Trump disagrees with Christie: Says travel ban roll out was ‘very smooth’
WASHINGTON — Donald Trump mounted an aggressive defense of his young presidency Thursday, lambasting reports that his campaign advisers had inappropriate contact with Russian officials and vowing to crack down on the leaking of classified information.
Nearly a month into his presidency, Trump insisted in a free-wheeling White House news conference that his new administration had made "significant progress" and took credit for an optimistic business climate and a rising stock market.
Trump also says his administration will release a new executive order on immigration next week to — in his words — "comprehensively protect our country."
Trump's original order restricted immigration from seven Muslim-majority countries. It led to massive protests and was put on hold by a federal appeals court.
Trump says the rollout of that order was "very smooth" and "perfect" but that it ran into "a bad court." He says he wanted to delay the effective date of the order for a month or so, but that he was advised by Homeland Security Secretary John Kelly not to do that because it would give people with bad intent time to flow into the country.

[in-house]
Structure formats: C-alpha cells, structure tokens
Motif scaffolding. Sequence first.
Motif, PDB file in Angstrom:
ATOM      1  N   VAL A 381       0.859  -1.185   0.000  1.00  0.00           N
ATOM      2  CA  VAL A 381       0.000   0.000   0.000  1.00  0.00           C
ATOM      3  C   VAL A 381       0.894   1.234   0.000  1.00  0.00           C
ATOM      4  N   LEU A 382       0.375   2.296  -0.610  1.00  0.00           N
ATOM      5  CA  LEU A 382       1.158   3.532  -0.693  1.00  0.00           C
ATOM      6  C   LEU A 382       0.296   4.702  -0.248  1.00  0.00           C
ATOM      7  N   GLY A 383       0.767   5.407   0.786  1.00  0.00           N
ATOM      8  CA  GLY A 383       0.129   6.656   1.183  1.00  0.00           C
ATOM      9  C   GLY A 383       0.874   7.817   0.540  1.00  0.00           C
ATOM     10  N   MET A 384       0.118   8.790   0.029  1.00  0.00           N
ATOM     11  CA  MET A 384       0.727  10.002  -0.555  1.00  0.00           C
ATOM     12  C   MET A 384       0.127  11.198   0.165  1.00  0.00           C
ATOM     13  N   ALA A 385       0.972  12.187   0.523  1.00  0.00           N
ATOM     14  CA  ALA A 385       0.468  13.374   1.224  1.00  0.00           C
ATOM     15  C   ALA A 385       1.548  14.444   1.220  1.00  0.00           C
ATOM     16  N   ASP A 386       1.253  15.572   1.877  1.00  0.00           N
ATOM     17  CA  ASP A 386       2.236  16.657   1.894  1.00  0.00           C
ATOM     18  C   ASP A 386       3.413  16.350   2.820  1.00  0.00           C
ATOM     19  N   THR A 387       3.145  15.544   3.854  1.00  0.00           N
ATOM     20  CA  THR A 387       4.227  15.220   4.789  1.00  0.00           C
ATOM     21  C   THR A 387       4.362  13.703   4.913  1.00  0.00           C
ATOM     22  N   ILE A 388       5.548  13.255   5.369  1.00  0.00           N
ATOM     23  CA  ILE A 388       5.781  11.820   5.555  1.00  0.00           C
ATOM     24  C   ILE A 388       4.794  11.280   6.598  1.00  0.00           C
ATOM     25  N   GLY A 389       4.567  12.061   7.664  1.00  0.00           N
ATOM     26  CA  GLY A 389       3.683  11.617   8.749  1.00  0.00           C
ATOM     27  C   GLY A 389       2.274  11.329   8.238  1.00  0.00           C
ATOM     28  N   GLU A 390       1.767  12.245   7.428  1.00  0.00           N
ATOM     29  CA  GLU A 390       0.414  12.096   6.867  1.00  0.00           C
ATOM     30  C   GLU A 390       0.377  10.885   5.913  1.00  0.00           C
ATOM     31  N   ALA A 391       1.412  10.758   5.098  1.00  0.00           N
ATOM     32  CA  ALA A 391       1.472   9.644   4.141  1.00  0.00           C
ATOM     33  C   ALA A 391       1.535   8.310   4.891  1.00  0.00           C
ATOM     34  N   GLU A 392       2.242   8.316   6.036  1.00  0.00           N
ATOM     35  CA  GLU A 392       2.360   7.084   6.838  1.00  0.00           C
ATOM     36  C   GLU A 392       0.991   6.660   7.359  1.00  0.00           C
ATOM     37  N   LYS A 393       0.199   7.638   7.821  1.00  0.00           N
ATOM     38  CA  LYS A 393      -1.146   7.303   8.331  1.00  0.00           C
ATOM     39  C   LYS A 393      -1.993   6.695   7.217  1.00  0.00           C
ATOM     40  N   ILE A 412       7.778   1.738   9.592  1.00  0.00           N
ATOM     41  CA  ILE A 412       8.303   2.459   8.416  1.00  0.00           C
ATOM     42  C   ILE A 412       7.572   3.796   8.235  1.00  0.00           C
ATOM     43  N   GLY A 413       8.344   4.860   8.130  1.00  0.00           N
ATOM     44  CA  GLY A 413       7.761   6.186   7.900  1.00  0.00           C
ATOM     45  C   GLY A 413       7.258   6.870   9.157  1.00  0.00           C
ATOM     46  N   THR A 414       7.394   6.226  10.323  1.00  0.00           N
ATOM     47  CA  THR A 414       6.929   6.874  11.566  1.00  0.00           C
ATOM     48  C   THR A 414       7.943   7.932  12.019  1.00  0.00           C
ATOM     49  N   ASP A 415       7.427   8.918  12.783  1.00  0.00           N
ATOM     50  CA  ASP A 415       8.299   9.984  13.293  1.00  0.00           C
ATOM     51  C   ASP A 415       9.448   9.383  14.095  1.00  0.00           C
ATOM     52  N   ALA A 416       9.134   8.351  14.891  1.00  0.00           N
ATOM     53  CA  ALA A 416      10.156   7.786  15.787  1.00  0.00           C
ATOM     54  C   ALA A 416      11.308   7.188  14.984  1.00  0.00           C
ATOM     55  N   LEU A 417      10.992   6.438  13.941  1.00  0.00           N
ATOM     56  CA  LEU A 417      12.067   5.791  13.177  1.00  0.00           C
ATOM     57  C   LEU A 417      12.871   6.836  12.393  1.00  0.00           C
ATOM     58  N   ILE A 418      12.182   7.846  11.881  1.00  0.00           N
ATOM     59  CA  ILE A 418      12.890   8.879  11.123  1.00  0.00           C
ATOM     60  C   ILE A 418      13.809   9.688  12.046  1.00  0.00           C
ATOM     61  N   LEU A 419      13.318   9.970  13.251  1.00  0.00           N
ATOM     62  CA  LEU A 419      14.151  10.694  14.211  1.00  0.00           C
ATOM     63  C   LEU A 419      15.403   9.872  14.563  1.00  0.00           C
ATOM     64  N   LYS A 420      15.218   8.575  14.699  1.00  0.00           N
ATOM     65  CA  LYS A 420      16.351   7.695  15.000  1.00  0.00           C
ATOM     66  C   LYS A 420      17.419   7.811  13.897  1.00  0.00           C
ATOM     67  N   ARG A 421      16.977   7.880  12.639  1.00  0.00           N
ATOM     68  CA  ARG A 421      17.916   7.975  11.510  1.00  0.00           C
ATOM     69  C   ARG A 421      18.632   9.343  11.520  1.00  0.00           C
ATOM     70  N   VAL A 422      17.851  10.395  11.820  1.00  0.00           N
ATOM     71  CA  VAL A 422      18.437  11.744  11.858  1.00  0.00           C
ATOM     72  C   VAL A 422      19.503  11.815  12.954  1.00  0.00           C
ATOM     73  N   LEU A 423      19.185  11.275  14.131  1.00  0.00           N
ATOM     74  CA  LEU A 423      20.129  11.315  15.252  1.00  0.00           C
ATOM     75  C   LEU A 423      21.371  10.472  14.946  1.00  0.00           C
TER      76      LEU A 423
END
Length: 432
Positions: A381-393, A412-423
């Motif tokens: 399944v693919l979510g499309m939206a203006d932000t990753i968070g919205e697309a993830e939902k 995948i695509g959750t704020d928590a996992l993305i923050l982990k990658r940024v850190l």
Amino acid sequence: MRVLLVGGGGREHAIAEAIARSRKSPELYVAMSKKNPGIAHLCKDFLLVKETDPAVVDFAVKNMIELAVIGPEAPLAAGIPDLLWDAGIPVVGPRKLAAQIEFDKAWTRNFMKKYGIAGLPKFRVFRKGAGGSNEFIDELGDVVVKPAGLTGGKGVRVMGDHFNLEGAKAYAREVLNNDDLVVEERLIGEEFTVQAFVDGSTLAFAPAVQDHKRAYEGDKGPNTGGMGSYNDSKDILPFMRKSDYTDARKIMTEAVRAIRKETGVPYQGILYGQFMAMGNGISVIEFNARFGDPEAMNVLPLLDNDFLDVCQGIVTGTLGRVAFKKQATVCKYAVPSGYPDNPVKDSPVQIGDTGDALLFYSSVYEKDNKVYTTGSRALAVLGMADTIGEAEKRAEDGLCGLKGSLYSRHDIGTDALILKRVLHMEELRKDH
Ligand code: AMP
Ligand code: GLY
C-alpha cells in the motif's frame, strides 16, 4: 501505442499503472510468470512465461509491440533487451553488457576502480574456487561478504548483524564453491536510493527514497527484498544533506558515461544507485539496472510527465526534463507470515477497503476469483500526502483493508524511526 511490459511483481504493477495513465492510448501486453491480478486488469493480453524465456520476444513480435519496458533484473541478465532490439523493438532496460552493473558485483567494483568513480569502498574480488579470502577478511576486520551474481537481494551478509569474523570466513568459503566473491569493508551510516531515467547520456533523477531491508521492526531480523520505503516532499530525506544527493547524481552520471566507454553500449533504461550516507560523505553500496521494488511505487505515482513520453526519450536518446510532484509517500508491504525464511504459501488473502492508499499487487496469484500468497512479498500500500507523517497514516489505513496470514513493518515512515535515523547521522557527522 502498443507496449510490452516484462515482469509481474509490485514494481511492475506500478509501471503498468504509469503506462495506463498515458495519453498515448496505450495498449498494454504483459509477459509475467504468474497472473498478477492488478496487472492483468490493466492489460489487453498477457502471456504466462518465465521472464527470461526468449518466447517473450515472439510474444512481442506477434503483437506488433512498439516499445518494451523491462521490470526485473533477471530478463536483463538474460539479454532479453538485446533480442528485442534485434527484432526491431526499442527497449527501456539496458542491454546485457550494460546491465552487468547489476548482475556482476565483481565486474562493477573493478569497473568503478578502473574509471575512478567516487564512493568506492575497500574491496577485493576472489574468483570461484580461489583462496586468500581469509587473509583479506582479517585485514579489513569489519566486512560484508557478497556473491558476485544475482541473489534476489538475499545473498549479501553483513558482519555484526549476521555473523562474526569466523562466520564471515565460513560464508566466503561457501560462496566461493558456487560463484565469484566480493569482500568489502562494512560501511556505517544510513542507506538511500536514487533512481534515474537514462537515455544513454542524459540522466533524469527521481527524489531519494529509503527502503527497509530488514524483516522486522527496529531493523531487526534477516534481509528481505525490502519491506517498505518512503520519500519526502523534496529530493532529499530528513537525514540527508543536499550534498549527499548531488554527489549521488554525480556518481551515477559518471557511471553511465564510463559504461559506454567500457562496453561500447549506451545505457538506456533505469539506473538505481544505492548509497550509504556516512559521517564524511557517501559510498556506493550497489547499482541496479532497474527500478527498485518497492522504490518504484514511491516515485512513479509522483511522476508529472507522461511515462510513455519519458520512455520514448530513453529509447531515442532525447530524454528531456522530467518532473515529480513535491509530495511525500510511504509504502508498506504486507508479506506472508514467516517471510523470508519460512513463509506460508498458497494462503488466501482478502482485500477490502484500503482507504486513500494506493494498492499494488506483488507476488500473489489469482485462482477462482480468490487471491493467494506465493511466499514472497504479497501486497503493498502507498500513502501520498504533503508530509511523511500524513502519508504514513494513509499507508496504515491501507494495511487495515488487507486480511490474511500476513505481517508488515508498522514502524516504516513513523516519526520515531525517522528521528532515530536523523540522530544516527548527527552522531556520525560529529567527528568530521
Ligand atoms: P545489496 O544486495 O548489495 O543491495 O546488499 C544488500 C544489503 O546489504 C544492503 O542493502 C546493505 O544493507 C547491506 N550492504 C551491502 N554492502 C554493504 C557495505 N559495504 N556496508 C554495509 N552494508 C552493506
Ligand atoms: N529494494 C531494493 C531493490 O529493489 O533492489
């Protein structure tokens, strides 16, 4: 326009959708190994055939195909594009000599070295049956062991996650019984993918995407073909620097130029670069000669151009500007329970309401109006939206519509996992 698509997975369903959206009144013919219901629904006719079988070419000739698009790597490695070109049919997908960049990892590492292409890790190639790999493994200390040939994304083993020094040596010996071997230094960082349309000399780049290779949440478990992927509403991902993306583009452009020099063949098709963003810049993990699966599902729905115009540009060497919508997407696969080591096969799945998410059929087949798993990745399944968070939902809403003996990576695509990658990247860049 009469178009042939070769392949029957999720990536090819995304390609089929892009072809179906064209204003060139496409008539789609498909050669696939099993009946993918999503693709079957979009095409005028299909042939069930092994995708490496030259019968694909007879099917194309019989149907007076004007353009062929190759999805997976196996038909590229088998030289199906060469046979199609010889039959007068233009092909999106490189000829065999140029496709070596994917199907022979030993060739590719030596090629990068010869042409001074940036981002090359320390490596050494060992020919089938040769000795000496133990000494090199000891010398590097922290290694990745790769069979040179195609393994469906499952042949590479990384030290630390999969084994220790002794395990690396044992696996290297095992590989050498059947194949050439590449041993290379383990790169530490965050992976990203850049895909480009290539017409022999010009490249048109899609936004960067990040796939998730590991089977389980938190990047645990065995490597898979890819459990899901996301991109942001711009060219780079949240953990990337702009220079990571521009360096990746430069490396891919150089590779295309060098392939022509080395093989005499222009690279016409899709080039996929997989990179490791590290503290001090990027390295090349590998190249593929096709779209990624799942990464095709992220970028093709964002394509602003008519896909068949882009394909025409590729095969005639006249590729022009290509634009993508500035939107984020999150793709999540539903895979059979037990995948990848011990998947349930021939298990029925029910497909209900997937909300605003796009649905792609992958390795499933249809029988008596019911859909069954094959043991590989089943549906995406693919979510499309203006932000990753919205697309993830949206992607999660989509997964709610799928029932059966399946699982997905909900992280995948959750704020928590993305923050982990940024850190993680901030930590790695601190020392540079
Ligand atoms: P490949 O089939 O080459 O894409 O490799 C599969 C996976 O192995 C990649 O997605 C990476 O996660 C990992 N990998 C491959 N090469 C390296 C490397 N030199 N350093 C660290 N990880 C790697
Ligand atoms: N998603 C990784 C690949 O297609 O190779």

Trump says the new order is being tailored to satisfy the ruling from the San Francisco appeals court.
He did not reveal any specifics of the new order, but says it will be issued next week.
The president denounced media reports of a chaotic start to his administration marked by his contentious executive order — rejected by a federal appeals court — to place a ban on travelers from seven predominantly Muslim nations. Trump said he would announce a "new and very comprehensive order to protect our people" next week.
Trump said of the actions he has taken may not be popular but they are for the good of the country's security.
Gov. Chris Christie has appeared on several national television shows in recent weeks and has criticized some of the advice Trump has gotten in regards to the implementation of a temporary ban on travel from seven Muslim majority countries.